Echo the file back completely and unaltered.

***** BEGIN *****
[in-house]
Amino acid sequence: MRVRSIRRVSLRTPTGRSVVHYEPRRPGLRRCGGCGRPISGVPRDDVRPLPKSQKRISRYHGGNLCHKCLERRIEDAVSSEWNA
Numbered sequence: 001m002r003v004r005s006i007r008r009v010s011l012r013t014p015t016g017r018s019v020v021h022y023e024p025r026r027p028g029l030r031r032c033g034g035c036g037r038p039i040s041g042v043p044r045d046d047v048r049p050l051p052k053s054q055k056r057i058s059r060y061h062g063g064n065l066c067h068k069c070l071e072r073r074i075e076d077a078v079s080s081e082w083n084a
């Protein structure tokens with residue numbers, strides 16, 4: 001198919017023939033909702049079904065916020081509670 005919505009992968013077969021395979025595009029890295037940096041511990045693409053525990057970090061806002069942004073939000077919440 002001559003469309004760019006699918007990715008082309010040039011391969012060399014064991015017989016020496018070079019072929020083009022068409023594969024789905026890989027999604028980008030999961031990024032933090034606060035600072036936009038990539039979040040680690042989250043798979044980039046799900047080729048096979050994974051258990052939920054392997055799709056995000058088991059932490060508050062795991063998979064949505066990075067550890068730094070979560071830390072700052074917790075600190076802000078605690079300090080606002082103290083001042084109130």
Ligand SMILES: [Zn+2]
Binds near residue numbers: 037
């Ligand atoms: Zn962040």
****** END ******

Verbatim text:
[in-house]
Amino acid sequence: MRVRSIRRVSLRTPTGRSVVHYEPRRPGLRRCGGCGRPISGVPRDDVRPLPKSQKRISRYHGGNLCHKCLERRIEDAVSSEWNA
Numbered sequence: 001m002r003v004r005s006i007r008r009v010s011l012r013t014p015t016g017r018s019v020v021h022y023e024p025r026r027p028g029l030r031r032c033g034g035c036g037r038p039i040s041g042v043p044r045d046d047v048r049p050l051p052k053s054q055k056r057i058s059r060y061h062g063g064n065l066c067h068k069c070l071e072r073r074i075e076d077a078v079s080s081e082w083n084a
């Protein structure tokens with residue numbers, strides 16, 4: 001198919017023939033909702049079904065916020081509670 005919505009992968013077969021395979025595009029890295037940096041511990045693409053525990057970090061806002069942004073939000077919440 002001559003469309004760019006699918007990715008082309010040039011391969012060399014064991015017989016020496018070079019072929020083009022068409023594969024789905026890989027999604028980008030999961031990024032933090034606060035600072036936009038990539039979040040680690042989250043798979044980039046799900047080729048096979050994974051258990052939920054392997055799709056995000058088991059932490060508050062795991063998979064949505066990075067550890068730094070979560071830390072700052074917790075600190076802000078605690079300090080606002082103290083001042084109130």
Ligand SMILES: [Zn+2]
Binds near residue numbers: 037
């Ligand atoms: Zn962040």